For illegally sipping beer on the morning of an Ohio State University football
game - she's 19 in a state where the legal limit is 21 - [Chelsea] Krueger was
handcuffed, loaded in a police van and hauled off to jail for six hours.
Her sentence, following a guilty plea: a $50 fine.
The article doesn't mention the possible penalties. In Ohio, underage consumption is a first-degree misdemeanor. That means the possibility of 180 days in jail and a $1,000 fine.
Apparently, Chelsea was upset about the fact that she was locked up with the common riffraff during her quarter-day period of dentention (presumably, the time it took for her to be processed and her spoil-her-rotten parents to post bond):
As prostitutes ran their fingers through Krueger's hair and told her how pretty she was, she couldn't help question her situation. "They're putting the wrong students in jail," said the sophomore from Westchester, N.Y. "The people who should be more harshly punished are the ones putting themselves in dangerous situations."
First of all, the story about the prostitutes running their fingers through Krueger's hair sounds more than a bit apocryphal.
But Chelsea's defense is the one that lots of criminal defendants offer: go catch the "real" criminals. Lawyers and police officers hear it every day. People at traffic stops tell police to go catch people committing more serious offenses. Some people caught possessing drugs (from marijuana to heroin) will say that their crimes are nonviolent, and thus not worthy of prosecution. Some of the prostitutes who touched Chelsea would probably tell you that they're not hurting anyone, and that they just offer a service to men who want to make use of it (and some would claim that they actually save marriages in the process).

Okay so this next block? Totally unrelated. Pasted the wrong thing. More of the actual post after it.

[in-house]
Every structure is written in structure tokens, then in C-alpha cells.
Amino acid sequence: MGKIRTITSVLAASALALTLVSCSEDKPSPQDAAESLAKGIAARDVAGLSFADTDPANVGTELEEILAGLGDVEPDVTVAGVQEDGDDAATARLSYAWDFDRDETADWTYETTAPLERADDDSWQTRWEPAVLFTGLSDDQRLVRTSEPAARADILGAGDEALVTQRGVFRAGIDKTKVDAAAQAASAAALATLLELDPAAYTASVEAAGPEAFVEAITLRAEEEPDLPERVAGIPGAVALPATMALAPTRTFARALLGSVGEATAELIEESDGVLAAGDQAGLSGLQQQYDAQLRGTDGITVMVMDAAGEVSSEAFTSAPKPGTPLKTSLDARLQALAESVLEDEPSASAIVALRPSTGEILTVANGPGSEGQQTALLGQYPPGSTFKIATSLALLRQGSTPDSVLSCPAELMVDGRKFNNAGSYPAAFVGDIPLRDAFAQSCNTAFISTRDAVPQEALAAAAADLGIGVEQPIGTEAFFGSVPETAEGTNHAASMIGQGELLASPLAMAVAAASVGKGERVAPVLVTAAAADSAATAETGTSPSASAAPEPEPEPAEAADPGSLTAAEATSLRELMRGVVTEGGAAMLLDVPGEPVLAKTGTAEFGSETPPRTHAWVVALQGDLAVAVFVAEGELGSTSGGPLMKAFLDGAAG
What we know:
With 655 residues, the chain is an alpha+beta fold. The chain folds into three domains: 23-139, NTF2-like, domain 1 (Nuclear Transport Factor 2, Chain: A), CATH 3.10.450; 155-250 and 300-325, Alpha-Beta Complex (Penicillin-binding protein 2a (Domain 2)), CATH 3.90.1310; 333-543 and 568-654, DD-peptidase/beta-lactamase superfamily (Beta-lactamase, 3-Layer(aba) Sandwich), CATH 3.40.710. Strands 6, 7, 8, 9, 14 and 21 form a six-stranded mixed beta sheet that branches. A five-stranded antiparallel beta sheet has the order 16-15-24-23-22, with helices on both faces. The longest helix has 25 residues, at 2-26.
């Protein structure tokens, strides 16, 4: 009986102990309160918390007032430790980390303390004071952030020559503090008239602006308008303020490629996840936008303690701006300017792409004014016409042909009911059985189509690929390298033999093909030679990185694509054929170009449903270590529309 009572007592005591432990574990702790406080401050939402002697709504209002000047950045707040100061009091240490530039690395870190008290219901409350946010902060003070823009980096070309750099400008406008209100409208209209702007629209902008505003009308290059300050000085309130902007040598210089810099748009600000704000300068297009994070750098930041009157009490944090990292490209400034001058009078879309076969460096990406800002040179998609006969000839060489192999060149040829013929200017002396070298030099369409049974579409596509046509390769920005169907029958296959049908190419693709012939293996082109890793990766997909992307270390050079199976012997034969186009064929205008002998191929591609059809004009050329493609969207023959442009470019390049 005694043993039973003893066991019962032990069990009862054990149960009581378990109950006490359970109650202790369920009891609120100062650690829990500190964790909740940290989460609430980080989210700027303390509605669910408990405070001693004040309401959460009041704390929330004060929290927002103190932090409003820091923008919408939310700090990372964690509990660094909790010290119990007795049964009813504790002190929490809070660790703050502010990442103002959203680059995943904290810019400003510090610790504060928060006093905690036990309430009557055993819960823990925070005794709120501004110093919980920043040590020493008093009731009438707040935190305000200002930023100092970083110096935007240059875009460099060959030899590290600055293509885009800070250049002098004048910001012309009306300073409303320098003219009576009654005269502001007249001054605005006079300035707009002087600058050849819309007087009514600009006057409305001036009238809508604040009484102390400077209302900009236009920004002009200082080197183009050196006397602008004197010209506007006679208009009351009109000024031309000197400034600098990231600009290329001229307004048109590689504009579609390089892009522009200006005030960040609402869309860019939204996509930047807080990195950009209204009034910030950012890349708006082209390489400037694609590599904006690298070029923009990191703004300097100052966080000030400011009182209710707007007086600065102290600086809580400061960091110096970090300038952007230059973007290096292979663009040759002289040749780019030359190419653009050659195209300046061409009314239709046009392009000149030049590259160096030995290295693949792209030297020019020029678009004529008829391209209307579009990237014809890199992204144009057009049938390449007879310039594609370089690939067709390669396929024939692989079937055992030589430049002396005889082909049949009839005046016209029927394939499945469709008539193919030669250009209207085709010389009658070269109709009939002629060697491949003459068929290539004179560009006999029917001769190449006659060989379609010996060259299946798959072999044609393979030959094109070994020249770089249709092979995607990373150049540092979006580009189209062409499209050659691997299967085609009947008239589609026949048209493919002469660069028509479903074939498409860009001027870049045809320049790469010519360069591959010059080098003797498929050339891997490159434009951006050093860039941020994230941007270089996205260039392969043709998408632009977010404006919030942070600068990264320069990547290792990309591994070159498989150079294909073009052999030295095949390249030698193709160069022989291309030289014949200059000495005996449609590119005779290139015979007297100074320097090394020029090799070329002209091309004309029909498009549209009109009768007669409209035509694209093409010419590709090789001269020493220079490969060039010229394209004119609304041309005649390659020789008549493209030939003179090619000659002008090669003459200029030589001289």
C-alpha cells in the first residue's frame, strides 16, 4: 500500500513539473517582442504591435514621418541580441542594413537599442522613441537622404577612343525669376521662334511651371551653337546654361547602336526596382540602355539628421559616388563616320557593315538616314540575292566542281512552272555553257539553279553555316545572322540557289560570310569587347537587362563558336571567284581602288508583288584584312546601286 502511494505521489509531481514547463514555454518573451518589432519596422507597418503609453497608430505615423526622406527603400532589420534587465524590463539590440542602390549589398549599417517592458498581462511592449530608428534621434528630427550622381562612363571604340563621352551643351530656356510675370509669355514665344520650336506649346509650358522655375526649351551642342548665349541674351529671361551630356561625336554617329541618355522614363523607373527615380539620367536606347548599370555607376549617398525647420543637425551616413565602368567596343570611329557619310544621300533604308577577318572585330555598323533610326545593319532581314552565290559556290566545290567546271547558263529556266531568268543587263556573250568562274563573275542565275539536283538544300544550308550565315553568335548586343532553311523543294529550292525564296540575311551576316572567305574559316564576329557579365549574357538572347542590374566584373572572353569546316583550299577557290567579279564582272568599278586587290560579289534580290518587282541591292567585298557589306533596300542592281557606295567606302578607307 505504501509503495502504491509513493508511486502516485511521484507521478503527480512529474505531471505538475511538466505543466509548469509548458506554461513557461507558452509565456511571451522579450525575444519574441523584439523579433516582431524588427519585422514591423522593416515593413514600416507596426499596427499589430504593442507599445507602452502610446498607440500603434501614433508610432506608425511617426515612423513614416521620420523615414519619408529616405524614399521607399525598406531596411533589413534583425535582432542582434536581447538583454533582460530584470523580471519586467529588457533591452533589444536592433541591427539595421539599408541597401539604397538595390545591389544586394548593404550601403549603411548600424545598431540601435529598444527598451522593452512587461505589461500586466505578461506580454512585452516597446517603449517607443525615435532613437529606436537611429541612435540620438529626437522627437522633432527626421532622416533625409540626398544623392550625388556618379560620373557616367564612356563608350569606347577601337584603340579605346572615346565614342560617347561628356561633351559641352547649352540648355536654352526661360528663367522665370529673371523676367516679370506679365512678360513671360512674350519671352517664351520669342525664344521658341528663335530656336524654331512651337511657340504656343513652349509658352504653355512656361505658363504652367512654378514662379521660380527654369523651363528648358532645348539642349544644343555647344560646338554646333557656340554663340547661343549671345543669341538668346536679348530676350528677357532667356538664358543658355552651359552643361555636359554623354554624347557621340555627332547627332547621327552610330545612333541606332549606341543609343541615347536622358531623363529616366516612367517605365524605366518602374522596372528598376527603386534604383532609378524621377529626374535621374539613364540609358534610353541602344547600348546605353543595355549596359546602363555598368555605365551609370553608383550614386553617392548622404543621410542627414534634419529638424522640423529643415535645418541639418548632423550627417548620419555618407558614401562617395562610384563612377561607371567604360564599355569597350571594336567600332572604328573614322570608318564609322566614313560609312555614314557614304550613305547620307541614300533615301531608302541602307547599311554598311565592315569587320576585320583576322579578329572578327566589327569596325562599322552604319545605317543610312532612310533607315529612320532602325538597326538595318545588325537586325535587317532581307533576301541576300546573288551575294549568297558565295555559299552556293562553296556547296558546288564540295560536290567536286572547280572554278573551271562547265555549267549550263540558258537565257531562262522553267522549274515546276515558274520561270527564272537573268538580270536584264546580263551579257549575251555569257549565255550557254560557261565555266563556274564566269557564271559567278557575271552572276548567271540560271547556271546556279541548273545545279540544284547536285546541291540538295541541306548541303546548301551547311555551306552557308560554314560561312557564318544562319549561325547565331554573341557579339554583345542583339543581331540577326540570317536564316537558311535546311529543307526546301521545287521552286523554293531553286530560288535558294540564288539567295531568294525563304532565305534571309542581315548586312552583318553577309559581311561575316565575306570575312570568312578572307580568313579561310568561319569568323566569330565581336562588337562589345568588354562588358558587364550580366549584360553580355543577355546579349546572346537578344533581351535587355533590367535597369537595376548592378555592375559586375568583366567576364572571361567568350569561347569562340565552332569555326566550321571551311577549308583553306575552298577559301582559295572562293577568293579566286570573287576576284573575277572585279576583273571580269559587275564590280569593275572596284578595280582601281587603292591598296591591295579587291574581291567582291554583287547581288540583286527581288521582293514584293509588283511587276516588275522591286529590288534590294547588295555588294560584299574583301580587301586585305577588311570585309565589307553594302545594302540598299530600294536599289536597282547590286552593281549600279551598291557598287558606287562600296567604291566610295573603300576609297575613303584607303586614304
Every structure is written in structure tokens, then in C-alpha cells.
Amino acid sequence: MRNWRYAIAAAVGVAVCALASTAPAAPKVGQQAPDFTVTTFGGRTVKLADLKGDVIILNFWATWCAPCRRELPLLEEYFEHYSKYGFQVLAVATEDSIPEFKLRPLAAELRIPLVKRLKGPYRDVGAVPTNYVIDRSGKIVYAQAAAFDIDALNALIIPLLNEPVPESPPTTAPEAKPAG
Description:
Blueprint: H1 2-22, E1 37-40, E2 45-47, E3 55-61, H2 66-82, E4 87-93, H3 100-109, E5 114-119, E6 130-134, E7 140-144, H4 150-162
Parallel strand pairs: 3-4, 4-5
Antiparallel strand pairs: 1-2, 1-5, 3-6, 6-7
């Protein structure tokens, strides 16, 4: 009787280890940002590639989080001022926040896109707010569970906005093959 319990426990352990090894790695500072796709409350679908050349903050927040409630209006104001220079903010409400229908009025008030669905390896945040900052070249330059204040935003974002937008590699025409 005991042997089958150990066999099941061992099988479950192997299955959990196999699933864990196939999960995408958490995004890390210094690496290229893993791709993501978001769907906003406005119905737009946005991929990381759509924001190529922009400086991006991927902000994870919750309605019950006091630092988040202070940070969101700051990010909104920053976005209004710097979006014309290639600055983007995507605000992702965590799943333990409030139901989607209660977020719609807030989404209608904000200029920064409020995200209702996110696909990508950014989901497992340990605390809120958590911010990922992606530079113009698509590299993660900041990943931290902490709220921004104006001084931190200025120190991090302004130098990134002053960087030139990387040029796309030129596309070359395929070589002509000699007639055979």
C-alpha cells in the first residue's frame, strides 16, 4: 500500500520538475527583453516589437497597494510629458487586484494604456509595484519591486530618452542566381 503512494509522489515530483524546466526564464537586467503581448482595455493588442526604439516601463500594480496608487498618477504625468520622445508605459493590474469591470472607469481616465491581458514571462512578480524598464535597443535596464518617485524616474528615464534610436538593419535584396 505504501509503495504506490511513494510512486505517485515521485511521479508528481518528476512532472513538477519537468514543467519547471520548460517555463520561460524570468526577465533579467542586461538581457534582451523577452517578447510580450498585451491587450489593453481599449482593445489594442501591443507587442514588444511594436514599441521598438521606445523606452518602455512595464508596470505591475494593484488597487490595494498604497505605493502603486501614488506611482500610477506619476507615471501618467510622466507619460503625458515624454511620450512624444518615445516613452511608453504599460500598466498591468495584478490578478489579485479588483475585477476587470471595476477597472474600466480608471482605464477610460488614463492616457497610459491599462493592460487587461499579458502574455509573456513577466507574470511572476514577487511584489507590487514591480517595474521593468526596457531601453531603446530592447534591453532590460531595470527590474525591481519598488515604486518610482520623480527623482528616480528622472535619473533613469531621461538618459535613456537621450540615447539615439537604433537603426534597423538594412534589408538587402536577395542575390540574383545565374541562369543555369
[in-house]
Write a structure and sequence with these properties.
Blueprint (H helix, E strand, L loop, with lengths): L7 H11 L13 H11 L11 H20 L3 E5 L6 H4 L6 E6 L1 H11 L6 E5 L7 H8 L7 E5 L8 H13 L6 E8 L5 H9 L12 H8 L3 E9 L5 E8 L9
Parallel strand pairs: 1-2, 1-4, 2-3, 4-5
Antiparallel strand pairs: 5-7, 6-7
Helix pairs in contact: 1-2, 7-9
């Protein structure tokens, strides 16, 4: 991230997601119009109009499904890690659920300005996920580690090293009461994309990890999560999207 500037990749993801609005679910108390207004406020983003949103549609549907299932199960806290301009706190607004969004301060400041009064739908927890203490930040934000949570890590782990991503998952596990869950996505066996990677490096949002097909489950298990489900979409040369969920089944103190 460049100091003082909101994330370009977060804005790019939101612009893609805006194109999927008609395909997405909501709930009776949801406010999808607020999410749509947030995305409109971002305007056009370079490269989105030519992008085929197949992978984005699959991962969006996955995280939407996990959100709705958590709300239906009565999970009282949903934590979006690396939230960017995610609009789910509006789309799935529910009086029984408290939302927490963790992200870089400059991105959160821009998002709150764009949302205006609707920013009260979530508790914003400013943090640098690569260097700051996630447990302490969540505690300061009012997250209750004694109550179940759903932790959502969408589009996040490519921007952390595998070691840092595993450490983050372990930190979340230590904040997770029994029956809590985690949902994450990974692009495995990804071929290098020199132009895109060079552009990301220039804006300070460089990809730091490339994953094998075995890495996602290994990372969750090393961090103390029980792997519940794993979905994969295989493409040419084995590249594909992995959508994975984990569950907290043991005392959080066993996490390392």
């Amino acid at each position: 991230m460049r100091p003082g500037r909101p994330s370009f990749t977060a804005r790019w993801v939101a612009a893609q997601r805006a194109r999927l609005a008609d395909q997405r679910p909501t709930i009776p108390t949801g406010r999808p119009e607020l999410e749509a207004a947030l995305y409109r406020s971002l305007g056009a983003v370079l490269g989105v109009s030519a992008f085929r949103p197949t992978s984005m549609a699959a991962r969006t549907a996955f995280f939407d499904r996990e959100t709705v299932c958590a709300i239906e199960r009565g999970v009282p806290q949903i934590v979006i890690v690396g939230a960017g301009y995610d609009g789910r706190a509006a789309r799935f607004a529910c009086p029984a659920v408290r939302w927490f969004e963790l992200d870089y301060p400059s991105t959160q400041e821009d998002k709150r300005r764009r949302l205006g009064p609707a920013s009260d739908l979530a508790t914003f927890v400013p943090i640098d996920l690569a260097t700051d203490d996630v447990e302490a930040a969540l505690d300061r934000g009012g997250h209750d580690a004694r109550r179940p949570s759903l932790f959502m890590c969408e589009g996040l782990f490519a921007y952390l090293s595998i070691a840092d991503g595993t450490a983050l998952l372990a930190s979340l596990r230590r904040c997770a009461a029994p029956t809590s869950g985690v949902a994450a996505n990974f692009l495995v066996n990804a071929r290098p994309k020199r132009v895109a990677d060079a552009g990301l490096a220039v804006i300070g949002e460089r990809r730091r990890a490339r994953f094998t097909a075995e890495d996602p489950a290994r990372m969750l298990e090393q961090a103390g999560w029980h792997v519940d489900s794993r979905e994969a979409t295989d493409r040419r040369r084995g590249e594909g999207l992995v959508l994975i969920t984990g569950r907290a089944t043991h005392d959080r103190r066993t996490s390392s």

The point is: if you break the law, you run the risk of being punished for it. It doesn't matter if you're an indigent defendant caught with less than a gram of crack (for which you could serve twelve months in prison), or a spoiled rich brat from Westchester getting tanked before the Buckeyes game. If you don't want other people (police, prosecutors, and judges) to have the power to alter the course of your life, don't give them that power.
The go-catch-the-real-criminals defense almost never works. And neither does whining.